Northern Grade is hosting their first female-geared pop-up this weekend in Brooklyn. Head to the Powerhouse Arena Saturday and Sunday to check out brands like Nativen, Tradlands, Gamine, Elizabeth Suzann, and of course Pierrepont Hicks (also the founders of Northern Grade). Below are a few of my favorite pieces from these designers. And don’t forget to get tickets for the Insider Panel with Northern Grade and Fashionista “American Design and Manufacturing: A Renaissance?”.
The Collective Quarterly is back with their second issue, Absaroka. The group traveled to a sliver of Montana that is dominated by the Absaroka Mountains. Absaroka means “children of the large-beaked bird” which is what the Hidatsa people used to call the Crow Indians who lived there. “A lot of people come here to hide,” clothing maker Angela Devine observes of her home. Looking through the magazine, it’s easy to see why. The photos are hauntingly beautiful.
At the Steven Alan event I co-hosted with Shinola I got to experience Shinola’s new Black Blizzard Chronograph in person. The latest in Shinola’s growing watch collection, the Black Blizzard is the brand’s first titanium chronograph watch and will be available in a 42mm and 48mm case. The most challenging and technically demanding Detroit-built timepiece to date, the watch is driven by the Argonite 5050 high-accuracy quartz movement and features an iconic Shinola black dial, titanium sport turning topring, signature case back plate, 20ATM depth rating, and is accompanied by an additional black rubber strap. Like the rest of Shinola’s watches the Black Blizzard is assembled here in the USA, in their converted shoe polish factory in Detroit, using quartz movement kits from Ronda in Switzerland. Ronda is a family-owned leader in the watch movement and manufacturing industry. The Black Blizzard was inspired by the dust storms that plagued the Great Plains in the 1930s. This durable watch is an ode to the perseverance of America, and the people of this country that have stood against adversity. Each watch is accompanied by a leather-bound coffee table book on the desert storms with rare photos, newspaper clippings, and a brief history of the era. The watch will be released in November of this year.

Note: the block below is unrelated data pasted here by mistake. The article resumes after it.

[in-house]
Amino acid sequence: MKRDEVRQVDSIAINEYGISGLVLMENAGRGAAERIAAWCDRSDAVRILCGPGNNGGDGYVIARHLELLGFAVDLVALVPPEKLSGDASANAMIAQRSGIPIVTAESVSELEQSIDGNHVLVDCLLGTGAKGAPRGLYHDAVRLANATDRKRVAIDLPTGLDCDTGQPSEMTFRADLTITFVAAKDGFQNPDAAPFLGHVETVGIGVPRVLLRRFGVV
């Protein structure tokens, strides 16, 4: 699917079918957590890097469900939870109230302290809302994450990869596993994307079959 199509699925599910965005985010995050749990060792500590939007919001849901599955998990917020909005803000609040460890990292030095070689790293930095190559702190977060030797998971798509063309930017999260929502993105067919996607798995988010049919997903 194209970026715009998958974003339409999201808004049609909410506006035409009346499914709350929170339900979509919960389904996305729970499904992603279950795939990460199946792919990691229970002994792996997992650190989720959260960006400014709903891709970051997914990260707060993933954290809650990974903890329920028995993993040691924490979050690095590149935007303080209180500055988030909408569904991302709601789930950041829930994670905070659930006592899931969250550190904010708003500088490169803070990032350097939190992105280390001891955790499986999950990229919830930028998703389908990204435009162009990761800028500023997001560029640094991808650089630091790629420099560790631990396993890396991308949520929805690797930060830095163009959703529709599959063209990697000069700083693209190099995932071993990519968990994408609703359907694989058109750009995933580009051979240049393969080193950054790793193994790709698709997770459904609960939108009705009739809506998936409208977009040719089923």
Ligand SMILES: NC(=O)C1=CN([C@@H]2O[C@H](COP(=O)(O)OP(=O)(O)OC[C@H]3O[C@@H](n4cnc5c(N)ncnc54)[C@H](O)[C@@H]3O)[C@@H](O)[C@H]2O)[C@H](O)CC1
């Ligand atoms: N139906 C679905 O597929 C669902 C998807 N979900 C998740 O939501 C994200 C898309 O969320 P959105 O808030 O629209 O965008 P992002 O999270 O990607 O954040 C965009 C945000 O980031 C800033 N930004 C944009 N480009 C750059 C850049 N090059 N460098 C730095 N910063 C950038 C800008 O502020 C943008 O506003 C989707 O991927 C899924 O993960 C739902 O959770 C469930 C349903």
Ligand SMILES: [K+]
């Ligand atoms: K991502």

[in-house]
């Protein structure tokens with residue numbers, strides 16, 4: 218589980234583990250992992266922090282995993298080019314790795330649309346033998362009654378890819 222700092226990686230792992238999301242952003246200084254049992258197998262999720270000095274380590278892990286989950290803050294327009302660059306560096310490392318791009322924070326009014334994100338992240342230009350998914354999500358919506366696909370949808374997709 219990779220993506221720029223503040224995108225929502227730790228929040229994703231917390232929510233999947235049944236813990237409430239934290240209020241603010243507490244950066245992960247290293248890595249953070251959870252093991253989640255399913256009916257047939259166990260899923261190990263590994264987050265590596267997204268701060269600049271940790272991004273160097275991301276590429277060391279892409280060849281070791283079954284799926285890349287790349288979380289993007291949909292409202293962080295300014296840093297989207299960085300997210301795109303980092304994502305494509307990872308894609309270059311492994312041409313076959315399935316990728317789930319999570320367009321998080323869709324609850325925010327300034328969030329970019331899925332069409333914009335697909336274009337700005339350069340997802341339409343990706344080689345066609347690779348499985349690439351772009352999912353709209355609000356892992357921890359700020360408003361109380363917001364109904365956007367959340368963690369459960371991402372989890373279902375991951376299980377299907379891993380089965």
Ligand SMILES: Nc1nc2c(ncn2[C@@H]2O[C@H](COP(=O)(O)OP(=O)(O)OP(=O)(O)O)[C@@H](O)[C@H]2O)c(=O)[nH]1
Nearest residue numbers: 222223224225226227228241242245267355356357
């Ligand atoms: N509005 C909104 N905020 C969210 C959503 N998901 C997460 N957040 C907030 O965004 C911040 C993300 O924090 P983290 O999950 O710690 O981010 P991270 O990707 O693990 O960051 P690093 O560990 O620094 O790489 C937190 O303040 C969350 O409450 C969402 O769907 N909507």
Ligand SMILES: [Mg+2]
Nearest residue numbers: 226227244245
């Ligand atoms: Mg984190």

Many of us here in New England are eating our greens and hydrating tonight as we prepare for our “Turkey Trot” 5K, 10K, what-not on Thanksgiving morning. But long before the trend of squeezing fitness into our day of glutenous eating, the turkey was the one who got in some exercise before the big feast – literally. Some 200 years ago, Vermont turkeys travelled to Boston on foot in what was called a “Turkey Drive”. The drive would collect thousands of turkeys from all corners of the green mountain state and were often herded by farmers’ children who acted as the drovers. Though the trip was a slow one (a mere 10-12 miles a day) and often experienced casualties, it was an autumnal tradition that lasted for almost 100 years. How New England to be droving 1,000 plucky turkeys (who were often roosting in inconvenient places like the side of the road or in a covered bridge) versus the iconic cattle drives of the Midwest. Happy Thanksgiving to you all, I hope you enjoy your morning jaunts and the luxury of eating a turkey that led a leisurely happy life on a kind farm in Vermont.
Thanks to Vermont Public Radio, the source for this fun story.
The amazing women of Zady have created a movement we should all be getting behind – I don’t mean to sound bossy, but this one is a no-brainer. #KnowYourSource is an initiative to induct a new standard where apparel brands label all goods sold in the U.S. with a “Sourced In” tag. This tag will disclose the country of origin of the entire product supply chain, thus providing more transparency and ownership of where our goods are being made. In a culture of mass-consumption, it’s about time we became more conscious of this process and where our money is going. Here are a few sobering facts about why this movement matters (shared from Zady):
-The world consumes 400% percent more clothing than 20 years ago.
Cancer, asthma and neurological problems associated with chemicals used in apparel manufacturing are on the rise.
-The textile industry is responsible for 20% of the world’s total industrial water pollution.
-The supply chain of apparel products has many touch points and happens in many different countries – the current requirement to label products with “made in” will not do.
Please join the “Sourced In” Movement to help encourage brands to become more sustainable, ethical, and economical in their production – from the farm to the factory. Sign the petition! It really makes a difference.
Zady’s .01 The Sweater, the first in their Essential Collection, is proof of how a brand can successfully produce a sustainable product that is cost friendly and stylish. The sweater is fully sourced and made in the U.S. and meets the highest environmental standards used in production. Head to their sight to read and watch the whole process which they’ve documented.